The Toronto Real Estate Board released its market report for June 2018 vs June 2019. And I figure it’d be a great opportunity to give you insight on how the market is doing, and also to help you become a real estate market expert so you can answer the question I get asked a lot: “How’s the real estate market doing?” Let’s get started.
First let’s have a glimpse of June numbers. Sales are up 10.4% year over year, while new listings dipped slightly by 0.4% and active listings are down 5.7%. At first glance, the 10.4% increase might seem promising. It is certainly above June 2017 and 2018 sales levels, but it is still below June 2014 to 2016 sales. Do fewer sales combined with a decreasing number of homes available for sale contribute to a stable, healthy market? Or will we see a further decline? Time will tell.
Average price is inching up a little bit with a 3% increase. This is less than half of the average calendar year to year increase we’ve seen since the Toronto Real Estate Board started publishing these statistics in 1972. But we have to remember that previous years’ aggressive price increases have cooled, and we’re on the way to reaching those heights again albeit over a longer period of time.
Oh, by the way — condo sales in the 416 are dropping. They’re down 5.6%. The good news is, prices are still on the rise — up 5.1%. Condo sales outside of Toronto are also slowing down a bit, but compared to last year they’re down only 2.7%, while prices are up 7.7%.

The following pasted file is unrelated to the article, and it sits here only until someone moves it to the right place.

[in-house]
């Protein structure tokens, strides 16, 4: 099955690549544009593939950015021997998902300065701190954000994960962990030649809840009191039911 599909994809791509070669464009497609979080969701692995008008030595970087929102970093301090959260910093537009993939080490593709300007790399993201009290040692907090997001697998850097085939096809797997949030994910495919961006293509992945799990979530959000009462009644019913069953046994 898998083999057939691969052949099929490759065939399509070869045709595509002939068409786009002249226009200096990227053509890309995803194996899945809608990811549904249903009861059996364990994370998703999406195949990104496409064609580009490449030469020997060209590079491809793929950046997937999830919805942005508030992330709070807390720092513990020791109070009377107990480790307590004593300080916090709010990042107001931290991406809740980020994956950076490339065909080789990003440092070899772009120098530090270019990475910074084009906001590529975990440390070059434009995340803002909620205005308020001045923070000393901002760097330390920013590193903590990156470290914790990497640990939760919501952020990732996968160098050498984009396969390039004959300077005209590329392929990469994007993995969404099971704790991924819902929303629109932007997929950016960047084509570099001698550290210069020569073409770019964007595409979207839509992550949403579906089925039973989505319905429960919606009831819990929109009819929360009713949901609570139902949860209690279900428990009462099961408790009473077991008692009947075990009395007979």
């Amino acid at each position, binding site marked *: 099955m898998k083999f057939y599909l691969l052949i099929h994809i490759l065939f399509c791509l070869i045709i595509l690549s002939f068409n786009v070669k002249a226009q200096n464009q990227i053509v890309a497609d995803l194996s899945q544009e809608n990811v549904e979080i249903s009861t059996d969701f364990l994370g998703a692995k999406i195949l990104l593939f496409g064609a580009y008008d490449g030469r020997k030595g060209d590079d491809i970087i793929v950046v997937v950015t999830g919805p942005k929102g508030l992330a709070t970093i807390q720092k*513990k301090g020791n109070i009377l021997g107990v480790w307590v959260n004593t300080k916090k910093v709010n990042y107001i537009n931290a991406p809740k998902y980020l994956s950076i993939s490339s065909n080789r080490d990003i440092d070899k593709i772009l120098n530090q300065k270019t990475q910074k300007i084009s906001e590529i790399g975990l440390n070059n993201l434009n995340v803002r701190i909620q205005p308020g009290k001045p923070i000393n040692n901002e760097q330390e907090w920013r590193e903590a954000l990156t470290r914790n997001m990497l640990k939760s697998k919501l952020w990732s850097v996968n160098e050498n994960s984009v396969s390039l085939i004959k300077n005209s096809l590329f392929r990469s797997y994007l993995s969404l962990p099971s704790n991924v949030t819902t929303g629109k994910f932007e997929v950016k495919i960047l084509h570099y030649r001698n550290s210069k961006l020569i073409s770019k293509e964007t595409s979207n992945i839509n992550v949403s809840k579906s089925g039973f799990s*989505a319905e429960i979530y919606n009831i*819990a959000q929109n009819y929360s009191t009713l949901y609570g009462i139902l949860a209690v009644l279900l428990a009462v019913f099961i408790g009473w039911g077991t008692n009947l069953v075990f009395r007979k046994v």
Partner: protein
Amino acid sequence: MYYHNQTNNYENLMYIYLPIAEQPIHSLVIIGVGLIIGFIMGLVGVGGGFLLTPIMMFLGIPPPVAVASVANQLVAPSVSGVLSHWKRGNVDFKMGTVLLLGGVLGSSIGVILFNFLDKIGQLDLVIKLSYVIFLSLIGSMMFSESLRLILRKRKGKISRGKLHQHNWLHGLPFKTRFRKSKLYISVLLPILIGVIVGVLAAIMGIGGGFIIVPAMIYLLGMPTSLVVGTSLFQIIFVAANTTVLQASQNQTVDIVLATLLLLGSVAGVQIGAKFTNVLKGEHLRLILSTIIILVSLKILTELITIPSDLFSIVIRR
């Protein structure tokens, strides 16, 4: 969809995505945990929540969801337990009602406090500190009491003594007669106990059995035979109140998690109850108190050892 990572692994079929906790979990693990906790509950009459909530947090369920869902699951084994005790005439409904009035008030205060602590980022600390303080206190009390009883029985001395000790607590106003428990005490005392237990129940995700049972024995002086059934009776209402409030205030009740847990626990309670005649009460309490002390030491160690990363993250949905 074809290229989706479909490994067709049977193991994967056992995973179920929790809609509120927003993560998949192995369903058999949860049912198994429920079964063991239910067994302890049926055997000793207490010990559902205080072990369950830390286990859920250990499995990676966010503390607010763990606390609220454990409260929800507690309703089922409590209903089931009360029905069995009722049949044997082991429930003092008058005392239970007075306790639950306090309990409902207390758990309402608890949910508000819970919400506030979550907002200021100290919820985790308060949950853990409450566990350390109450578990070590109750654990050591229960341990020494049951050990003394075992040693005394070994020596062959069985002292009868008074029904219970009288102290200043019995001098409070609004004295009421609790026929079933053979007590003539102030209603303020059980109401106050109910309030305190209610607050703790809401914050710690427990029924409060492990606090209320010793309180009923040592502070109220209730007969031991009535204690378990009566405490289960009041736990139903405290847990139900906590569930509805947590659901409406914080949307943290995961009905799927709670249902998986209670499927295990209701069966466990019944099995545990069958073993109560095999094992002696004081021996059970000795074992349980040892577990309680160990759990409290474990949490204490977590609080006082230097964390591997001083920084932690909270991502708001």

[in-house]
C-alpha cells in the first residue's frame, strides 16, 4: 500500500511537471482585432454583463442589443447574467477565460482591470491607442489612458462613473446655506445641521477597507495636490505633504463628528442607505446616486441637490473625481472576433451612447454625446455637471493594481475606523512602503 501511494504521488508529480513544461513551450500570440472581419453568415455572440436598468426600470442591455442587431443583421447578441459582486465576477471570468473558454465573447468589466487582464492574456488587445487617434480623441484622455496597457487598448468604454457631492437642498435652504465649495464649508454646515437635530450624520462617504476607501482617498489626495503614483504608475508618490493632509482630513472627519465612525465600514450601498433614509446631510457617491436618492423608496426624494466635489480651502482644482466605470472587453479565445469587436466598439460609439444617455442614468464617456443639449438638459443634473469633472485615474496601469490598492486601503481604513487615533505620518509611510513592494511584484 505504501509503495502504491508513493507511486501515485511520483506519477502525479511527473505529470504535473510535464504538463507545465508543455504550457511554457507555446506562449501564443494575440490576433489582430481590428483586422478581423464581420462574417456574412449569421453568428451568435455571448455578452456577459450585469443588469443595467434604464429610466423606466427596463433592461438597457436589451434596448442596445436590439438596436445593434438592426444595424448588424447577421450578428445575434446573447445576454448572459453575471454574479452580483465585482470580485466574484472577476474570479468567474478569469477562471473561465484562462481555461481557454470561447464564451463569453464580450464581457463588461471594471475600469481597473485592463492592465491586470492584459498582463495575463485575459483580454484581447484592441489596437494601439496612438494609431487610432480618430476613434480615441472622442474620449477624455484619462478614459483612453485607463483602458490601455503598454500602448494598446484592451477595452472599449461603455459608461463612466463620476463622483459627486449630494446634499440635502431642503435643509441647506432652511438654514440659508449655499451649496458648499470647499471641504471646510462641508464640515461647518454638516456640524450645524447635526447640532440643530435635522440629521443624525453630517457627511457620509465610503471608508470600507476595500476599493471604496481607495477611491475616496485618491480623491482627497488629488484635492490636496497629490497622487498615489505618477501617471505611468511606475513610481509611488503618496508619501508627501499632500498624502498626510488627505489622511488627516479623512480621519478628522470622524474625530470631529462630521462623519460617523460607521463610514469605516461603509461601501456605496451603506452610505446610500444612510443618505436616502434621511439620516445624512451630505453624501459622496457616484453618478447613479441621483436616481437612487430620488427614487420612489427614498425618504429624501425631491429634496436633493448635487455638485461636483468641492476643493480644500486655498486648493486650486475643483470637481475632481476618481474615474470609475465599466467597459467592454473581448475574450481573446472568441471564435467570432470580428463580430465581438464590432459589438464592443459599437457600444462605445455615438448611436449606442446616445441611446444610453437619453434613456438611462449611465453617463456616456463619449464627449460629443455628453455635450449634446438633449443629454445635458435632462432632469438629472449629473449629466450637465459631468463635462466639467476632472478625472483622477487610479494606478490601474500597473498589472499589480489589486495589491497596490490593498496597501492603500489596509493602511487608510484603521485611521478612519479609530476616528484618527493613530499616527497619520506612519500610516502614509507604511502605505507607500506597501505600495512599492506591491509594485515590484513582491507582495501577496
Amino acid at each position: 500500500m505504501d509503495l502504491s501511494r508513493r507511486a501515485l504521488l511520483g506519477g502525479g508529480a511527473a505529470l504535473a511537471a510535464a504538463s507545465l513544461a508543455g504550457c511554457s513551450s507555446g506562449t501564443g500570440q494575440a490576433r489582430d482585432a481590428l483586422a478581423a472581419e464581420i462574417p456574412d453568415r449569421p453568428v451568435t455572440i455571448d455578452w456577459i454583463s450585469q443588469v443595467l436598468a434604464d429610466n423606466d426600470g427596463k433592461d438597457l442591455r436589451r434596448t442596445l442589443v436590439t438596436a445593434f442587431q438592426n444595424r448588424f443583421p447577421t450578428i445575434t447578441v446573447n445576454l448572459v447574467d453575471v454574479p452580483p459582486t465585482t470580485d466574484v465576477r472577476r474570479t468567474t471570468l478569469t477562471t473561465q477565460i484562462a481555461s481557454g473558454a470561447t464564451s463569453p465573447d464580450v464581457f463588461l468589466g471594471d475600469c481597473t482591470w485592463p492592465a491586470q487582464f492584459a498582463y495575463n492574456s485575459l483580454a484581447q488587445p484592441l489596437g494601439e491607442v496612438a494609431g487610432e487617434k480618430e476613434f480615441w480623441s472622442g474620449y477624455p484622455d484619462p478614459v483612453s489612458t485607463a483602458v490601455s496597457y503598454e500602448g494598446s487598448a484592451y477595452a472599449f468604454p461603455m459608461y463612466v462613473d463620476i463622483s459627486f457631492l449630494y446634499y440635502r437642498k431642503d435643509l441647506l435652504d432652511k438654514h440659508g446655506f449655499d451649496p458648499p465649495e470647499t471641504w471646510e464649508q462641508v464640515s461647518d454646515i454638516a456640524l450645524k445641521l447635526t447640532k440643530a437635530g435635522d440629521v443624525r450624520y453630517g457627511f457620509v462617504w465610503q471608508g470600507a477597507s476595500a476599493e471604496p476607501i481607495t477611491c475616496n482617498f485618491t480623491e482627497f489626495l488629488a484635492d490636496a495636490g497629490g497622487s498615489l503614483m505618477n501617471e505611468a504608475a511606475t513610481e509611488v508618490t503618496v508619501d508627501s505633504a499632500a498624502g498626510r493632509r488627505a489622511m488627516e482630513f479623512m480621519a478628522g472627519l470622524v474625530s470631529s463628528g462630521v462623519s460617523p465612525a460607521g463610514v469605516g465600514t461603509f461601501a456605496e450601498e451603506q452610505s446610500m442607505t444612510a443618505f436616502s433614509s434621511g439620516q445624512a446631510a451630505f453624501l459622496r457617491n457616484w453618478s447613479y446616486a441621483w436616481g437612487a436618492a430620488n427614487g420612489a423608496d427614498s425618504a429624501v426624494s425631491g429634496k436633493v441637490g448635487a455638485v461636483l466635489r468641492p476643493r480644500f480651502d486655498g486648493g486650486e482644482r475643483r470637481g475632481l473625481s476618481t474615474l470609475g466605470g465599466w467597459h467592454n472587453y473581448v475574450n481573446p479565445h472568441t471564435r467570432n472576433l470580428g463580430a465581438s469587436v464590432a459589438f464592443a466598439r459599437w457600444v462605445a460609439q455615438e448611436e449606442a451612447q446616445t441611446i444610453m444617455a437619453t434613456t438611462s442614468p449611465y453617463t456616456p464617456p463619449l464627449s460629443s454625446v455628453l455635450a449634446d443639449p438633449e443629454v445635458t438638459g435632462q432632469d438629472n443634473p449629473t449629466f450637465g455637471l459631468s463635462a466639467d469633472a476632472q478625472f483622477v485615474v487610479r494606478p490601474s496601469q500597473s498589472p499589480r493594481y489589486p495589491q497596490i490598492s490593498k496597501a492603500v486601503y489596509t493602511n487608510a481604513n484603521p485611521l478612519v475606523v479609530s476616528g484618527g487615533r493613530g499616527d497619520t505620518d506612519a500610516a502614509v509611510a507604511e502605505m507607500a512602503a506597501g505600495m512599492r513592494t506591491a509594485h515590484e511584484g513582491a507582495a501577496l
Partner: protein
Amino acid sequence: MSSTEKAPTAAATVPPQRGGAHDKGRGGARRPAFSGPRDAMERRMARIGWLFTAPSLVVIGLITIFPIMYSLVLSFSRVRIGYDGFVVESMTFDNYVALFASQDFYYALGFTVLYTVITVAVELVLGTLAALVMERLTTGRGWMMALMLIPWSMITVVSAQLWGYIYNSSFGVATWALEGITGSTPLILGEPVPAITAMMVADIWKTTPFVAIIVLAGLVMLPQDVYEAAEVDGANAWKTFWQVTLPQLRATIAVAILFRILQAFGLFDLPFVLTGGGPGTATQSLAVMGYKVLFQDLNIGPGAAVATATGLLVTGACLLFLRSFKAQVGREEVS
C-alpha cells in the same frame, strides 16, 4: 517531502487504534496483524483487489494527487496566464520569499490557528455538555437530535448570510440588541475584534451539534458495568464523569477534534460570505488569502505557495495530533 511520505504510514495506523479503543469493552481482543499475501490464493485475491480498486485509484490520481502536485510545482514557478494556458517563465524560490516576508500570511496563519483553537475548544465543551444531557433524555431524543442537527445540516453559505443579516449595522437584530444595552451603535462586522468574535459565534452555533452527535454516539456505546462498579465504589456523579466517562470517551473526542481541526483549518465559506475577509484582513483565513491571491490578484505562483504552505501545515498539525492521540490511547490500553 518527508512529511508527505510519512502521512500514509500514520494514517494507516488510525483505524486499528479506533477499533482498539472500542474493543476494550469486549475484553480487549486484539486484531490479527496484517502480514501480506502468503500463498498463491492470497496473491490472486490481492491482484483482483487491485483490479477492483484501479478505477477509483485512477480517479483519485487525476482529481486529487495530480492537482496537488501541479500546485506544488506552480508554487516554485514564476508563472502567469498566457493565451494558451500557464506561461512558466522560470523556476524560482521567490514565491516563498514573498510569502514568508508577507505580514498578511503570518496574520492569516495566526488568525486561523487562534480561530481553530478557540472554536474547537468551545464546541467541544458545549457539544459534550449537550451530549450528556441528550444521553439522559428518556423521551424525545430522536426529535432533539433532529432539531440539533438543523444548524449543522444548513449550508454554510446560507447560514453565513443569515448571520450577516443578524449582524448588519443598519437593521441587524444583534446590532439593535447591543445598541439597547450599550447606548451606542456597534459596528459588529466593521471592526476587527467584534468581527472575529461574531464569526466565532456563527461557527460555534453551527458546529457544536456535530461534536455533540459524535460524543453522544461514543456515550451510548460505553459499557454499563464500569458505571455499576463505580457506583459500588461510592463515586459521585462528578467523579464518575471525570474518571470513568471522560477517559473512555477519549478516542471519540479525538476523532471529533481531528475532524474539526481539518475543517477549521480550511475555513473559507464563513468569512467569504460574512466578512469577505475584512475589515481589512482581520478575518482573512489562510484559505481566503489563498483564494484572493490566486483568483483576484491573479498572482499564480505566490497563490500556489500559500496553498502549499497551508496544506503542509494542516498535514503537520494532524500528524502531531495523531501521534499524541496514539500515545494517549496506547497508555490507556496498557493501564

A few things are contributing to this outcome. For one, condo prices have risen to the point that buying a freehold, whether a townhouse, semi or detached, is becoming a much better choice. The average price of a condo in Toronto is $636k. How much does it cost to buy a townhouse? On average, $810k. Less than $200k gets you from a condo to a townhouse. In the 905 areas, the average condo is $483k. A townhouse is $618k. Again, less than $200k gets you a much bigger home.
We may see sales of condos start to cool, but prices won’t drop right away. It takes time for the trend to build up but with price growth being steady, what can we expect this summer?
If you look at Toronto real estate market stats, the 2019 price curve is skirting just above 2018, signifying a consistency in the appreciation of prices this year. This is something to be confident about. Should the interest rates remain as they currently are when the government announces rate changes later this month (update: it has stayed the same), buyers will become more confident, sales will continue to increase, the number of properties available for sale will decrease — ultimately meaning prices will go up.
Buyers and sellers alike should expect a very busy summer leading into fall. Banks are getting competitive with their five year rates and many markets throughout the Greater Toronto Area continue to improve.
There are two indicators int the real estate industry we use to gauge how well the market is doing. One is the “SNLR” or the sales to new listings ratio, and the second is “MOI” or months of inventory. I want to explain these two you because understanding them will give you a strong idea of where the market is going. So the next time you ask me (or anyone for that matter) how the market is doing — you should know what kind of answer to expect.
Let’s talk about the sales to new listings ratio. The SNLR tells you how many sales happened versus the number of new listings that came to the market in a particular time period. If the SNLR is 50%, it means that 100 new listings came onto market for the month, while 50 properties sold. The closer the SNLR gets to 100%, the more active the market. When it’s closer to 0%, the slower the market is.